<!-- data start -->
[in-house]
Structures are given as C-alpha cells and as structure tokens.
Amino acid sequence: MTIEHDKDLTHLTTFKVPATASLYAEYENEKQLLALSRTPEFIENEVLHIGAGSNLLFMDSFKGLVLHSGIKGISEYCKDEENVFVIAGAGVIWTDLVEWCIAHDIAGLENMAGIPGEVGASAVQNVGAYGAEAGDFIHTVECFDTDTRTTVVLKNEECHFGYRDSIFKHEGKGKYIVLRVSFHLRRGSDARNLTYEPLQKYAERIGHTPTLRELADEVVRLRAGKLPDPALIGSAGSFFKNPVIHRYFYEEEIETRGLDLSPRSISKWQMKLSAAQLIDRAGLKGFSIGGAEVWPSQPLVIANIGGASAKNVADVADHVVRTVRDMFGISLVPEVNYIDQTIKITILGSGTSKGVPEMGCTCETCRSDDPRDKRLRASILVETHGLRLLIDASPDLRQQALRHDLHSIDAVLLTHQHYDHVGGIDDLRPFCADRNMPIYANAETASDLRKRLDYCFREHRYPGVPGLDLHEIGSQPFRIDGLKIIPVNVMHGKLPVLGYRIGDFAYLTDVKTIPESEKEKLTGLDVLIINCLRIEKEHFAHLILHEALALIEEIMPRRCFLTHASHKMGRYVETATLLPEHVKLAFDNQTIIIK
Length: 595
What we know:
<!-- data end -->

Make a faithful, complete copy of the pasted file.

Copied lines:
[in-house]
Structures are given as C-alpha cells and as structure tokens.
Amino acid sequence: MTIEHDKDLTHLTTFKVPATASLYAEYENEKQLLALSRTPEFIENEVLHIGAGSNLLFMDSFKGLVLHSGIKGISEYCKDEENVFVIAGAGVIWTDLVEWCIAHDIAGLENMAGIPGEVGASAVQNVGAYGAEAGDFIHTVECFDTDTRTTVVLKNEECHFGYRDSIFKHEGKGKYIVLRVSFHLRRGSDARNLTYEPLQKYAERIGHTPTLRELADEVVRLRAGKLPDPALIGSAGSFFKNPVIHRYFYEEEIETRGLDLSPRSISKWQMKLSAAQLIDRAGLKGFSIGGAEVWPSQPLVIANIGGASAKNVADVADHVVRTVRDMFGISLVPEVNYIDQTIKITILGSGTSKGVPEMGCTCETCRSDDPRDKRLRASILVETHGLRLLIDASPDLRQQALRHDLHSIDAVLLTHQHYDHVGGIDDLRPFCADRNMPIYANAETASDLRKRLDYCFREHRYPGVPGLDLHEIGSQPFRIDGLKIIPVNVMHGKLPVLGYRIGDFAYLTDVKTIPESEKEKLTGLDVLIINCLRIEKEHFAHLILHEALALIEEIMPRRCFLTHASHKMGRYVETATLLPEHVKLAFDNQTIIIK
Length: 595
What we know: